- The line of succession in Saudi Arabia has always passed from brother to brother
- However, with the coming of King Salman to the throne, changes were made
- Dethroned crown prince Mohammed bin Nayef was best known for being a specialist in counter-terrorism methods
This change in plans for the succession to the throne will make Prince Mohammed Bin Salman the first King who will not be a son of Saudi Arabia founder Ibn Saud. But why were these changes made? Is history repeating itself?
Traditionally, the line of succession in Saudi Arabia has passed from brother to brother: King Salman came to the throne in 2015 after the death of his half-brother, Abdullah, and originally appointed his own half-brother, Muqrin bin Abdulaziz, as crown prince, which again was overturned in three months by King Salman himself, when he appointed Mohammed bin Nayef as the new Crown Prince
Agnatic seniority has been followed among the sons of Ibn Saud for so long, though various members of the family keep getting bypassed for different reasons – old age, coups and more.
Interestingly, another tweak was added to the Saudi rules of succession when for the first time in 2014, a deputy crown prince (second-in-line to the throne) was appointed.
Muhammad bin Nayef was the first grandson of Ibn Saud to enter the official line of succession and now Prince Mohammed Bin Salman (MBS) will be the second grandson in line to the throne, because after King Abdullah, no more sons of Ibn Saud were available for succession.
When King Salman assumed his role, the change he brought in succession lines by appointing his nephew Mohammed bin Nayef as the new Crown Prince over Muqrin bin Abdulaziz set a precedent. At that time someone close to the Royal family had been quoted as saying that it had something to do with ‘domestic politics’ rather than ‘external politics’. The source had also said that the King was trying to mould the line of succession to include his own family.
At 31 MBS is already the World’s youngest Defence Minister and were he to inherit the throne soon he would also be the youngest ruler.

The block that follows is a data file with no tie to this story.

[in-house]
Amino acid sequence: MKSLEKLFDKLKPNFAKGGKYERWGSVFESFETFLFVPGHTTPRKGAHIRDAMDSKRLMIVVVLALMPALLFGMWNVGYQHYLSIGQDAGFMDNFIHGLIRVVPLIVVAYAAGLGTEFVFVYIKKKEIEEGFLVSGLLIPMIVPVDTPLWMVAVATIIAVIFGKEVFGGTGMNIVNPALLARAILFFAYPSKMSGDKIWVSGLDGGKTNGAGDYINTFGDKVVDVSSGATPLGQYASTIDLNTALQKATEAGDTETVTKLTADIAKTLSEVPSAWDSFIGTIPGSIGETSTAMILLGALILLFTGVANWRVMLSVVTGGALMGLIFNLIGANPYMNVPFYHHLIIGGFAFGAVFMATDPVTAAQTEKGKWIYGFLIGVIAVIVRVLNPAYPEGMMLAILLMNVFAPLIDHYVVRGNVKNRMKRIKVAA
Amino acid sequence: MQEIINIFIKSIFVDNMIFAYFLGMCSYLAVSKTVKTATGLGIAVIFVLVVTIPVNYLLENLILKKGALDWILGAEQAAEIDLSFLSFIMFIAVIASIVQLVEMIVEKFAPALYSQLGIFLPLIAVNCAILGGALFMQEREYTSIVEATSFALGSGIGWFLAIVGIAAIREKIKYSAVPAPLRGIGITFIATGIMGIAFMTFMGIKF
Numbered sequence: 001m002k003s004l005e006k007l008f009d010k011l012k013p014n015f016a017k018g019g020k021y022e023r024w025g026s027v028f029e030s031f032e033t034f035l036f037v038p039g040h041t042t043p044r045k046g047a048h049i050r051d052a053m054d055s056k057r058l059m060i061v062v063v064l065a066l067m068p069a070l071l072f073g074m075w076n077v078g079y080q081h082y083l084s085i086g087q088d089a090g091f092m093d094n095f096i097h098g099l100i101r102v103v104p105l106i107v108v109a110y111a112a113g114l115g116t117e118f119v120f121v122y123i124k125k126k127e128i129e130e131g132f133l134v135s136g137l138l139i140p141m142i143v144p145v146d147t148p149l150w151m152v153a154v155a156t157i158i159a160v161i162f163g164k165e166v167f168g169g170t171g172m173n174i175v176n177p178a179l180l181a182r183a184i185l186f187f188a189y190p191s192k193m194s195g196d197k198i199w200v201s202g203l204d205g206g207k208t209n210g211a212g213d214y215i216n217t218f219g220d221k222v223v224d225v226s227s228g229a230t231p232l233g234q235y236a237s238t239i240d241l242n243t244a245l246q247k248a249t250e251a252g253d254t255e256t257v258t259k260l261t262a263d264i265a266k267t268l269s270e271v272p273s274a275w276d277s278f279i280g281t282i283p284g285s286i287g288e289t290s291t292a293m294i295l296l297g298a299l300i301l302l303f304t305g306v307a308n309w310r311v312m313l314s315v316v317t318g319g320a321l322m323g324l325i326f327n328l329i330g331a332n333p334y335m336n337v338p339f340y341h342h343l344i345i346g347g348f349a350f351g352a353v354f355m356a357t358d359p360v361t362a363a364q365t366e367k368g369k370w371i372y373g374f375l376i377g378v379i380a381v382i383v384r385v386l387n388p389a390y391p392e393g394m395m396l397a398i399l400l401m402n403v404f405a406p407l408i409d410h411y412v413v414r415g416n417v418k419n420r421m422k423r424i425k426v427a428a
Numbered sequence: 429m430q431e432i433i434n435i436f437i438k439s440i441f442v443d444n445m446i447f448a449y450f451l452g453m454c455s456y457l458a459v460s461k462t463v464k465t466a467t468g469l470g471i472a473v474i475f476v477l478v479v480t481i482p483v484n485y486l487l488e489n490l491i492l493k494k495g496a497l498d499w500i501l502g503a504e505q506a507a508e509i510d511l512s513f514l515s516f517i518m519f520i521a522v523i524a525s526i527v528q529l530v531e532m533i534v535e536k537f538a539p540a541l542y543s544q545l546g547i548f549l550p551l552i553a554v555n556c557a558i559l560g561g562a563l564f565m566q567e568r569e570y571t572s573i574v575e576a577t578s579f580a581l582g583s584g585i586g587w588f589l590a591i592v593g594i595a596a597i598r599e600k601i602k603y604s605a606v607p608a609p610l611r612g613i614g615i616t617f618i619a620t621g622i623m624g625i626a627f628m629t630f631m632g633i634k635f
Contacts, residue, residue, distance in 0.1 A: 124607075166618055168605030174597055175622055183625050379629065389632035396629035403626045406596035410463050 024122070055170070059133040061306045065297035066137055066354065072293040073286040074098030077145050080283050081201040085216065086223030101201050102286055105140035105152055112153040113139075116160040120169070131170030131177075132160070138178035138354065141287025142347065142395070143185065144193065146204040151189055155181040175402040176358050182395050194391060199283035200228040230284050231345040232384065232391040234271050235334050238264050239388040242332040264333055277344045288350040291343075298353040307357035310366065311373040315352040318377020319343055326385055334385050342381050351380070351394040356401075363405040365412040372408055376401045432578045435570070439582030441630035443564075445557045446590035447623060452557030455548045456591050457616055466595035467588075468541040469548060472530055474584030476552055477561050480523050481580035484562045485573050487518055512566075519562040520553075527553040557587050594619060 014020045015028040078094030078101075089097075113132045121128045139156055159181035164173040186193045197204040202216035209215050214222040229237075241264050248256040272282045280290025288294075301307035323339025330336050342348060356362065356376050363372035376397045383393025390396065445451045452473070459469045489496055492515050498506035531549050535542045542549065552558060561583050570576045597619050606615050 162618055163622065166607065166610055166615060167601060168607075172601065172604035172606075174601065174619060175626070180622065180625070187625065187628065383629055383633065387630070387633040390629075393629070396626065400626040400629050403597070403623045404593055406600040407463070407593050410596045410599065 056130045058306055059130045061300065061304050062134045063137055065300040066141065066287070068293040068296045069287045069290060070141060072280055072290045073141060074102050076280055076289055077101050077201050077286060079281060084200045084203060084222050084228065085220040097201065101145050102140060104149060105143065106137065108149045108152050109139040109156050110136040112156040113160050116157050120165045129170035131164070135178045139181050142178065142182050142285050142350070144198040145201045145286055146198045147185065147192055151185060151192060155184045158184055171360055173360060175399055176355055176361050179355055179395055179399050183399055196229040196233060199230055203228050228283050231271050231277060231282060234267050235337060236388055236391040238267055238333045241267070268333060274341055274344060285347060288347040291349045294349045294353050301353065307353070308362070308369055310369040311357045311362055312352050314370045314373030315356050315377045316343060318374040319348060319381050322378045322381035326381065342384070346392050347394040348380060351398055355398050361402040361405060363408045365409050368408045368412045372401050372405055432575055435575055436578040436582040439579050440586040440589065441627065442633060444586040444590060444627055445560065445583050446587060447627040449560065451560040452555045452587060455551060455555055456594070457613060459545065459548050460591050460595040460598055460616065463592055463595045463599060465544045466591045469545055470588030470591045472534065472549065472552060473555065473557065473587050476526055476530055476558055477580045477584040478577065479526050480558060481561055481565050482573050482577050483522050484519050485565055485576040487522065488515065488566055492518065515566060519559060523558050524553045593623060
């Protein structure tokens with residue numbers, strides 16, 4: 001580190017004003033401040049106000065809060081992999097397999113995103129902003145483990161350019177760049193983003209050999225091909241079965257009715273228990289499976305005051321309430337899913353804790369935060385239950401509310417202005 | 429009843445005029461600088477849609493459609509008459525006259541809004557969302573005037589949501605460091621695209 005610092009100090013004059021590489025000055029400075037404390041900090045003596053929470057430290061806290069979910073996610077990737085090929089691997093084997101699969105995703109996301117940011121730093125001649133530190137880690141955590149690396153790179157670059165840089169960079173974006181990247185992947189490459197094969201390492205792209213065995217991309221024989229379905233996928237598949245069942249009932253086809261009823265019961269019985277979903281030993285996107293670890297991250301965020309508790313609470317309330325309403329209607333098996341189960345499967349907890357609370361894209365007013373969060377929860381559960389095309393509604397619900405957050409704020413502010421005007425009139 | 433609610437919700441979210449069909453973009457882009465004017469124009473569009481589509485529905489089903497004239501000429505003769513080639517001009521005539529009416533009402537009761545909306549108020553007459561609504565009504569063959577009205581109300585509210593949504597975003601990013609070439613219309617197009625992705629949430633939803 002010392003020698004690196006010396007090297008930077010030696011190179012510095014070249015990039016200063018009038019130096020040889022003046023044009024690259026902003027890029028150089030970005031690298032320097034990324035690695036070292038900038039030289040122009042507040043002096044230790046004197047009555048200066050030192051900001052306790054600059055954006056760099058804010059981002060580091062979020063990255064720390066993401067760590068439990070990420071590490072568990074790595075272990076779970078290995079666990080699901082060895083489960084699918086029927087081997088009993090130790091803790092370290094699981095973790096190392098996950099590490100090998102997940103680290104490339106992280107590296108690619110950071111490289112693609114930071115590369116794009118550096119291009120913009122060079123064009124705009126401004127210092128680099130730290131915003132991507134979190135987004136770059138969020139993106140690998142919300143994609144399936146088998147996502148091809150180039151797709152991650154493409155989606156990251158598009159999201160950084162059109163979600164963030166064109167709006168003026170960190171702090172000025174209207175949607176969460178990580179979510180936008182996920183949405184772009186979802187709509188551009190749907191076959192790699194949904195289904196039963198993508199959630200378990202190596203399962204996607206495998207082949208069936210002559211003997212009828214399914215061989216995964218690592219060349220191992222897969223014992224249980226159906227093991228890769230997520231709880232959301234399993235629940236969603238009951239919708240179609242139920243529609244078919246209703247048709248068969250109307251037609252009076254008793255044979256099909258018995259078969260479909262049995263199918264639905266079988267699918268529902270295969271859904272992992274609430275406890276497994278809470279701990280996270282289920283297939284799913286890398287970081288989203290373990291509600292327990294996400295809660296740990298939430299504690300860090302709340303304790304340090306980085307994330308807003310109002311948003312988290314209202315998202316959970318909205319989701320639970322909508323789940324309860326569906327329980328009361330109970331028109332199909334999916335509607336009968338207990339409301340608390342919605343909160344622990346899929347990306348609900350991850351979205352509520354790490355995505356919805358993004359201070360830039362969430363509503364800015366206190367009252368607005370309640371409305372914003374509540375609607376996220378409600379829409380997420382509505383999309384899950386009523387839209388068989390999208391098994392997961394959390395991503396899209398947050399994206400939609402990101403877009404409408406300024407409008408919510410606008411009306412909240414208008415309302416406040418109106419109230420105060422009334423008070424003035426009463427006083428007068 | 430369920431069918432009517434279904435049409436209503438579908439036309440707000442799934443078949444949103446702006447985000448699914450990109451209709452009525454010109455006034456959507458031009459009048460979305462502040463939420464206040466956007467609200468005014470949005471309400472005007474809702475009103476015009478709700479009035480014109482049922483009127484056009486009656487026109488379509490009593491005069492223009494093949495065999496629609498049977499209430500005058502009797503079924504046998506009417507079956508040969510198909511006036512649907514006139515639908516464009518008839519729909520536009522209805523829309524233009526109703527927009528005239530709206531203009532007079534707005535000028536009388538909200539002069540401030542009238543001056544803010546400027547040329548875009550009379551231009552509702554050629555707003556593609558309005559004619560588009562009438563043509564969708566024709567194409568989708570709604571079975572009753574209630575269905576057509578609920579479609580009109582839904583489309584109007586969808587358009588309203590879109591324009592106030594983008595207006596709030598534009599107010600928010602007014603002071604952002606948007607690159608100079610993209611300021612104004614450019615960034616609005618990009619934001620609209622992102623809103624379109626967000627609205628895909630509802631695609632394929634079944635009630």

Some factors that could have speeded up his succession could be his acumen as a Defence head, including his operations in Yemen have given him the reputation of being a strong political leader and a certain mysterious aura behind him (he is rarely seen in public, unless for official engagements). Even the rigid policies of Riyadh due to conservatism in the upper echelons of the rule may have hindered progress of the country and bin Salman seems to challenge that.
In the past few months observers of the political situation in Saudi Arabia were already talking of Prince bin Nayef taking a backseat from affairs. Crown princes before him have been extremely active in political engagements and travelling the world over to further business. But in Nayef's case, the former Crown Prince has barely gone abroad. Instead, Mohammed Bin Salman has been the face of the country.
Perhaps one of the most famous incidents associated with bin Nayef was the foiling of a plan to assassinate him. A militant claimed he wanted to surrender but instead wanted to blow himself up when he met bin Nayef.
bin Nayef was actively involved in deradicalisation of religious militants. All his life he has taken interest in security courses and counter-terrorism methods. In fact, he was lauded for handling the whole Al Qaeda incident very carefully and how he managed to nab one of the alleged masterminds of the attack on Saudi soil in 2003. He is also credited with managing to break a lot of the Al Qaeda networks. He even handled the Syria problem but all this seemingly wasn't enough.
Last Updated 31, Mar 2018, 6:35 PM